Beyond Ballet Russes

Last night in true fairytale style (except for the carriage – we got the 12 instead) I was whisked away to see my first ever ballet at the London Coliseum.

From 1909-1929 the iconic figure Diaghilev amalgamated leading artists, composers and choreographers to collaborate on new ballet pieces for his company the Ballets Russes, or The Russian Ballet, often regarded as the greatest ballet company of the 20th century.

The show we saw, Beyond Ballets Ruses, was based on contemporary interpretations of some of the pieces they created: Firebird, The Rite of Spring, Faun(e) & L’Aprés-midi d’un faune.

The first act was the Firebird:

I was immediately mesmerised. The lead dancer’s fluidity and grace, perfectly in harmony with the music of Stravinsky was beautiful. As more dancers were introduced to the act I became immersed in the scene, eyes flitting frantically across the stage attempting to drink everything in.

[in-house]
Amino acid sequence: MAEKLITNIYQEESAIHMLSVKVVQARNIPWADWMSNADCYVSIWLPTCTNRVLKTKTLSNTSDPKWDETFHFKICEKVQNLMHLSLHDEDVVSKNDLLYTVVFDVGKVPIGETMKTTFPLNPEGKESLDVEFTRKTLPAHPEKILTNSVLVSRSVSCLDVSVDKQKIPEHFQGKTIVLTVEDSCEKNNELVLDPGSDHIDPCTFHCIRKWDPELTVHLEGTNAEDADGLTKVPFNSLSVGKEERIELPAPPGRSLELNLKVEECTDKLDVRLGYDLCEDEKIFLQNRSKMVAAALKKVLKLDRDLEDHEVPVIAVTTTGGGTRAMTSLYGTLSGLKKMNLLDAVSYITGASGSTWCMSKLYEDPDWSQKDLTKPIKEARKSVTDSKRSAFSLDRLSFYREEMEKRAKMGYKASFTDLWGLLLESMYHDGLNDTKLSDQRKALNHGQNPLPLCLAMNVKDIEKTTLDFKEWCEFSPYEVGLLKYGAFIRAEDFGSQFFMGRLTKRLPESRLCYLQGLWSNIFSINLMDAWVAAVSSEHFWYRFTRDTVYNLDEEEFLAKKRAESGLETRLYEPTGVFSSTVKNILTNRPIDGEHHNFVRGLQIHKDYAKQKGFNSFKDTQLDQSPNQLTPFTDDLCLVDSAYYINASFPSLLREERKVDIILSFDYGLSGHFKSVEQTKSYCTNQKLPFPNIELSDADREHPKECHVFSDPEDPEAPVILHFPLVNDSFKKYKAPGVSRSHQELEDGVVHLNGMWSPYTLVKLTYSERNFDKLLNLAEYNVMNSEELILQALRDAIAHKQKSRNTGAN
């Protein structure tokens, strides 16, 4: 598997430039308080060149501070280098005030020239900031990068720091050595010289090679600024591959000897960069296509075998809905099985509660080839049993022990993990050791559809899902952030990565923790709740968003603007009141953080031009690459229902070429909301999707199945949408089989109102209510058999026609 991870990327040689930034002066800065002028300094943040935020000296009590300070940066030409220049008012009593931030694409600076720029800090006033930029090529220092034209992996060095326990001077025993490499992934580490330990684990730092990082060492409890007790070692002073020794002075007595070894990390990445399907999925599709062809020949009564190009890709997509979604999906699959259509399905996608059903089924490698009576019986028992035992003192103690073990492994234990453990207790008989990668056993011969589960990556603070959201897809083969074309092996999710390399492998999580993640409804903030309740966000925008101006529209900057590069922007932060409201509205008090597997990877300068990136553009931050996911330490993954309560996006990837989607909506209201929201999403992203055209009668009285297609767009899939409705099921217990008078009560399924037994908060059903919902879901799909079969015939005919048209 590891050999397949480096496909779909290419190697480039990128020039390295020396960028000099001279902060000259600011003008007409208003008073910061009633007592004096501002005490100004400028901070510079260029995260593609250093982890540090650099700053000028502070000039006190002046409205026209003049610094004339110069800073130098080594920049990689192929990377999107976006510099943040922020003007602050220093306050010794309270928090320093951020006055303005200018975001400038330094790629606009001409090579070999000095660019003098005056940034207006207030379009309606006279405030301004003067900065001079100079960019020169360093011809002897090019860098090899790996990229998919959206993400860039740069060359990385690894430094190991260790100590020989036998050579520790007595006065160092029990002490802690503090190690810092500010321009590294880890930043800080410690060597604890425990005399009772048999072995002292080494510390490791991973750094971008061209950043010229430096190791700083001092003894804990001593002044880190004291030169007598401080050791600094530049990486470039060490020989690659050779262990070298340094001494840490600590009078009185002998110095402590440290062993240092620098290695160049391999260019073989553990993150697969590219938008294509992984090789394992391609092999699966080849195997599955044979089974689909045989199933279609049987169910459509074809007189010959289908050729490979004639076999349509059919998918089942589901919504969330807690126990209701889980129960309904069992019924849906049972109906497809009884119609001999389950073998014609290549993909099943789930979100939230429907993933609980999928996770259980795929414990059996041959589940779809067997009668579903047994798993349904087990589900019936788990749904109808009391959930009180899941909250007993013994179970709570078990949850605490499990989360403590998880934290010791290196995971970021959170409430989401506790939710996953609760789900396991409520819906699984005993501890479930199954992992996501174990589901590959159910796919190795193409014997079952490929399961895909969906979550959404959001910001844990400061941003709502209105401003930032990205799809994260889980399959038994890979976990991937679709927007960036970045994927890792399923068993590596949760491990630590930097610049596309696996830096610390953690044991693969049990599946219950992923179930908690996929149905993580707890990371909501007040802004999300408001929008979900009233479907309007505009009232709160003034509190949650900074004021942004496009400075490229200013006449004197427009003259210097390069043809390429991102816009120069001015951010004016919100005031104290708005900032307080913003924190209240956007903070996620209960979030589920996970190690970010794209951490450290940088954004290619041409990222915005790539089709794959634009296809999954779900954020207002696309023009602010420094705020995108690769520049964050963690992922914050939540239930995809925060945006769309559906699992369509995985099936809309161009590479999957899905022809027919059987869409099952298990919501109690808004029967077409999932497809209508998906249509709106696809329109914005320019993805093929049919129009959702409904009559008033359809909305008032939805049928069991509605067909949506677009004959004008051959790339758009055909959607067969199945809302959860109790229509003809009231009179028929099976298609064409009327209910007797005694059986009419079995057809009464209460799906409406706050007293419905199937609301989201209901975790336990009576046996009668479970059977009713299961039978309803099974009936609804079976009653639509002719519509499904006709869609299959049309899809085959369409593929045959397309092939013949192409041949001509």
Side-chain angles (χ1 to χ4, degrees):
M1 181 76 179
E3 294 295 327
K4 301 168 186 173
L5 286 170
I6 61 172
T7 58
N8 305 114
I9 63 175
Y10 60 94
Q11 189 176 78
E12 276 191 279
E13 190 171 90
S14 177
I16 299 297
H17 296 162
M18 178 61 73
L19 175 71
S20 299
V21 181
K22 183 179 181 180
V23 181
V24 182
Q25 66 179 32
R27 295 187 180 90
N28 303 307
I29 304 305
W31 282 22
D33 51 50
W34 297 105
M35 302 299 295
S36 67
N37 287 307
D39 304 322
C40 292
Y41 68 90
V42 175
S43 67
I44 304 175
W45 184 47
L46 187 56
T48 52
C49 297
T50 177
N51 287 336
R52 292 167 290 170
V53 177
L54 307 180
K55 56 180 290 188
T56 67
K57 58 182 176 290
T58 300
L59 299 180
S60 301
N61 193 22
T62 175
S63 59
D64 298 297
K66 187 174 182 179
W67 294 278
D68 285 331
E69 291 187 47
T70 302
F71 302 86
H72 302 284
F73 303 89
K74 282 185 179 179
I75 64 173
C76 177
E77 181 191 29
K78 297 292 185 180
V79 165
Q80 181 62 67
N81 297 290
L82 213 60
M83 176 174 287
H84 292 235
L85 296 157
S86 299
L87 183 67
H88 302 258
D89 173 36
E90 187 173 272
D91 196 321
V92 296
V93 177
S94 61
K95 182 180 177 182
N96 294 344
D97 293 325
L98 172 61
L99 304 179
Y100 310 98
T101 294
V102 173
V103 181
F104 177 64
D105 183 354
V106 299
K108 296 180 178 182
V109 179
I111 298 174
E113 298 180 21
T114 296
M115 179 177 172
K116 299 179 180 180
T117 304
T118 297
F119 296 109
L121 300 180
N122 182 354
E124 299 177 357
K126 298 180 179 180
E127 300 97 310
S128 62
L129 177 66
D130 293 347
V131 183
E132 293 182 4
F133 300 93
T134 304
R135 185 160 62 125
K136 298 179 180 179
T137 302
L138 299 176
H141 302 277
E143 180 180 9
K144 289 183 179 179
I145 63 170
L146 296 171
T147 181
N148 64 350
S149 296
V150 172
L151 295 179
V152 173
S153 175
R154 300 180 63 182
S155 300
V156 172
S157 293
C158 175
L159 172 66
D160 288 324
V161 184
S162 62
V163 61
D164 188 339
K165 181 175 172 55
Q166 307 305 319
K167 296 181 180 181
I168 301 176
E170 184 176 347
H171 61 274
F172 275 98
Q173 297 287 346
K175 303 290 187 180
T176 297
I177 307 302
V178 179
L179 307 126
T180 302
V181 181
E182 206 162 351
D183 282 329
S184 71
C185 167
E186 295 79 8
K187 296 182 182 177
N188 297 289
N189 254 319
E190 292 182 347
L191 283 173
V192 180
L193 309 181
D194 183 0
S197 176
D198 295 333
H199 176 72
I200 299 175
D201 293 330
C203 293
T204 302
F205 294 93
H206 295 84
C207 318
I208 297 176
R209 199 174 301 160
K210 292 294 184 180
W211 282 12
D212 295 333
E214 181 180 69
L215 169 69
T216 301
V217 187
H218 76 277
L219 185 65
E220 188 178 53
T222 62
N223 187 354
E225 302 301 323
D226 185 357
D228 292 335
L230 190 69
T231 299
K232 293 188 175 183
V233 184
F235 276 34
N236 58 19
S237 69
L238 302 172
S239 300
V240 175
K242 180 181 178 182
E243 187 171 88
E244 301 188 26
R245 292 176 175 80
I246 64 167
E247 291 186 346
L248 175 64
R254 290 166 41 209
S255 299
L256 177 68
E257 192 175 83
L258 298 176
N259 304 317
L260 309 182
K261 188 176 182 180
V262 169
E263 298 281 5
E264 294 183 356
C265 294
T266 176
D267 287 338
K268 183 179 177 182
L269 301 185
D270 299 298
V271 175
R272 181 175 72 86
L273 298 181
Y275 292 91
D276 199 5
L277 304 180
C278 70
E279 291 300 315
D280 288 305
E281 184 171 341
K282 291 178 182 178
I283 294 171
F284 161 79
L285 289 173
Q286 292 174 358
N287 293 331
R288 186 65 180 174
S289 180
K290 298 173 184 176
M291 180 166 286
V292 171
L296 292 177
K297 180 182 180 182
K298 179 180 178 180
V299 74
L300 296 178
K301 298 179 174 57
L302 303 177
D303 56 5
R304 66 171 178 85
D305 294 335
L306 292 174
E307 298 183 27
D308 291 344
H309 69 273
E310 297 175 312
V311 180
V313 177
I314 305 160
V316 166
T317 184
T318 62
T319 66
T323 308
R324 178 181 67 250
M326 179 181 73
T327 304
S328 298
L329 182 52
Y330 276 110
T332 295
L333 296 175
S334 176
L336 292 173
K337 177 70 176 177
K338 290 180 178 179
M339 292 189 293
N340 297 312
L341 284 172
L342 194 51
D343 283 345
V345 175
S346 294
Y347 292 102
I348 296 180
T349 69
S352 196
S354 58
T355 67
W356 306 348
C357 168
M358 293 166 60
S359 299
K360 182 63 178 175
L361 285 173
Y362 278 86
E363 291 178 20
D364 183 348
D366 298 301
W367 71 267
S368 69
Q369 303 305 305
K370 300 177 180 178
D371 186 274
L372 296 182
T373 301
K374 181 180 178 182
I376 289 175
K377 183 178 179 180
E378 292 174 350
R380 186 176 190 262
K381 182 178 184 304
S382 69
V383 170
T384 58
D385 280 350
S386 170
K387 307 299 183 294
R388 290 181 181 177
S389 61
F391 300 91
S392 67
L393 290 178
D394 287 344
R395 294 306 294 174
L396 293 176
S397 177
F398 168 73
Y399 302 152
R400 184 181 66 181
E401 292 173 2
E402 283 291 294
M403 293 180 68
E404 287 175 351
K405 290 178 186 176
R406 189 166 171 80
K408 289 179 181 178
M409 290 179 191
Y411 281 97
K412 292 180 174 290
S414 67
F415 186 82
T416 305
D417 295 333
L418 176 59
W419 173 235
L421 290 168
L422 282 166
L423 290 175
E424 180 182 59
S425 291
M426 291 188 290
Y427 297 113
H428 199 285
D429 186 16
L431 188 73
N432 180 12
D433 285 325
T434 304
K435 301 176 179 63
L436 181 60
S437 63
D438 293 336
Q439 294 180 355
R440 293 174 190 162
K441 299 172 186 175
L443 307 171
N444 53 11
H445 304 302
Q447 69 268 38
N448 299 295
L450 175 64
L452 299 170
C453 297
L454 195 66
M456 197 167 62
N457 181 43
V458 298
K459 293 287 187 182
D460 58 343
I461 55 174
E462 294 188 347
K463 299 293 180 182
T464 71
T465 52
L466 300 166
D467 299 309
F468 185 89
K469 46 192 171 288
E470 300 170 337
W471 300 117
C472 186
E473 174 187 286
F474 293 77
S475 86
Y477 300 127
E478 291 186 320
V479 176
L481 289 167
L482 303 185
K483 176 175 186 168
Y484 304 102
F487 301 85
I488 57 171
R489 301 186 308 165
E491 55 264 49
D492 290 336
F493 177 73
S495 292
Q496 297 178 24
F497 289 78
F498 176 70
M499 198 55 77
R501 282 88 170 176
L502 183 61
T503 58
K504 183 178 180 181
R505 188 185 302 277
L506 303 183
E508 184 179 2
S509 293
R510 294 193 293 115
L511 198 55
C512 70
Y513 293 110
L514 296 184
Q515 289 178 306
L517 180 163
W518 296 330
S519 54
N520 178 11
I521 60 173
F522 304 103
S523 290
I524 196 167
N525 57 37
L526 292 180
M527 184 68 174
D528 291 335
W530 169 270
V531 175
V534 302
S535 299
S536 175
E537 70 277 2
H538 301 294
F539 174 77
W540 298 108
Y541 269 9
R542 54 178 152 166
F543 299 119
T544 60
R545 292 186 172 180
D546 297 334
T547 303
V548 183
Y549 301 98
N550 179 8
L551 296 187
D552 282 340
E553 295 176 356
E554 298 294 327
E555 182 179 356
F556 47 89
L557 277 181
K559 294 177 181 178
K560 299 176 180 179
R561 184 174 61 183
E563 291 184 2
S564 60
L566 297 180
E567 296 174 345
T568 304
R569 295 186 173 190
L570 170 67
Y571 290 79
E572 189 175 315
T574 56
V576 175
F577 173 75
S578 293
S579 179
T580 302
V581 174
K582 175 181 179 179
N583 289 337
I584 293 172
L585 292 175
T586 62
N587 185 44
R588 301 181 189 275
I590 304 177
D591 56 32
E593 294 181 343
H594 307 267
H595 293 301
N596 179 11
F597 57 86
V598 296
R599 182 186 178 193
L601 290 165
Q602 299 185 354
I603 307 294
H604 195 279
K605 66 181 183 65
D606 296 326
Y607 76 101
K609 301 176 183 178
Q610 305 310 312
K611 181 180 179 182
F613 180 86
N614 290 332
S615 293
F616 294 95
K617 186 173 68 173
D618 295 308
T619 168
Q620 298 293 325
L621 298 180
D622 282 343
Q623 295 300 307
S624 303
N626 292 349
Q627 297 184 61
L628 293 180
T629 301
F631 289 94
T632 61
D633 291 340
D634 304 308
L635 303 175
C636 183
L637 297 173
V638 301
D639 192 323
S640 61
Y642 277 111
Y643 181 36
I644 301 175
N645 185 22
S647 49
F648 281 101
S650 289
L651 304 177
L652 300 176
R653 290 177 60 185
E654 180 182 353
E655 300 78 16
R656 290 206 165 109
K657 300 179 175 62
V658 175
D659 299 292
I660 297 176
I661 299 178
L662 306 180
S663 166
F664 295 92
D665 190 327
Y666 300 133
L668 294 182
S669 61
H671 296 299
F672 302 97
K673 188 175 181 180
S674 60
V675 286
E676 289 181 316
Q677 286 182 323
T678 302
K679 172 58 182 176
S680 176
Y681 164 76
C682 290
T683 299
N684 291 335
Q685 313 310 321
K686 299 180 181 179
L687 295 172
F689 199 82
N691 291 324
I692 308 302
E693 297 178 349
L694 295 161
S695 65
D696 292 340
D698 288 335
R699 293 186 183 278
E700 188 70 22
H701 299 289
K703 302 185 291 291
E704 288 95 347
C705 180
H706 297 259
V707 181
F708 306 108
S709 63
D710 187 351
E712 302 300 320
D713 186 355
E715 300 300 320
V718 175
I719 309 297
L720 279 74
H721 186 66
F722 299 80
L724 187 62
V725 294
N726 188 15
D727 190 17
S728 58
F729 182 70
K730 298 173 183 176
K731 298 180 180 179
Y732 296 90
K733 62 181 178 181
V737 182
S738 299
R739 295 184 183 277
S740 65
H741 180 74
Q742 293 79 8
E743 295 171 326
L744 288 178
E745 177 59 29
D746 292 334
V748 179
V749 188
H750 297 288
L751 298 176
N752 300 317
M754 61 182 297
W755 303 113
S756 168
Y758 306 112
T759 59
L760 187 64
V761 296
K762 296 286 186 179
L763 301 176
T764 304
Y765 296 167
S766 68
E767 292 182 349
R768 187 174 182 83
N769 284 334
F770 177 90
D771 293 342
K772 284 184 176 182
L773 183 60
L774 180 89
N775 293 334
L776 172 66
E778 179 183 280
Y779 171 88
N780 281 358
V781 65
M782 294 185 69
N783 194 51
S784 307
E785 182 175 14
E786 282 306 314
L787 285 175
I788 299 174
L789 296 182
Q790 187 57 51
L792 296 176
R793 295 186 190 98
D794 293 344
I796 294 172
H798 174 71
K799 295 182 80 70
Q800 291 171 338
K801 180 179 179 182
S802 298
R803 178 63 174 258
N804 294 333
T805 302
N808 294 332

Having premiered in 1910, the Firebird is an iconic ballet illustrating the tale of the creature who is both a blessing and a curse to its captor. The costume for the main dancer (which can be seen in the video above) was an exquisite mixture of gold, purple and green, its detachable feathers kept in place with industrial strength magnets.

L’Aprés-midi d’un faune was a group piece focusing around a central character – the faune – who is extremely provocative. The scene takes place with a backdrop and costumes making it reminiscent of two dimensional decorative Greek art; it reminded me very much of the tale of Hercules.

The next piece – Faun(e) shows the passing of time and the evolution of processes when moving from generation to generation. Two male dancers portrayed this perfectly in conjunction with their minimalist background and the music of Debussy.

The final piece, The Rite of Spring, was the part I had been anticipating the most. Featuring an infamous score by Stravinsky (also used in Disney classic Fantasia) the dance revolves around the sacred pagan ritual of a dancer. As the drums, cymbals and double bass start to crash down in an ever more tense crescendo the dancing becomes increasingly frenzied until the final climax when the chosen one can dance no longer and the sacrifice is made.

An absolutely incredible experience which I would like to repeat asap.

 

All Photographs copyright of the English National Ballet.

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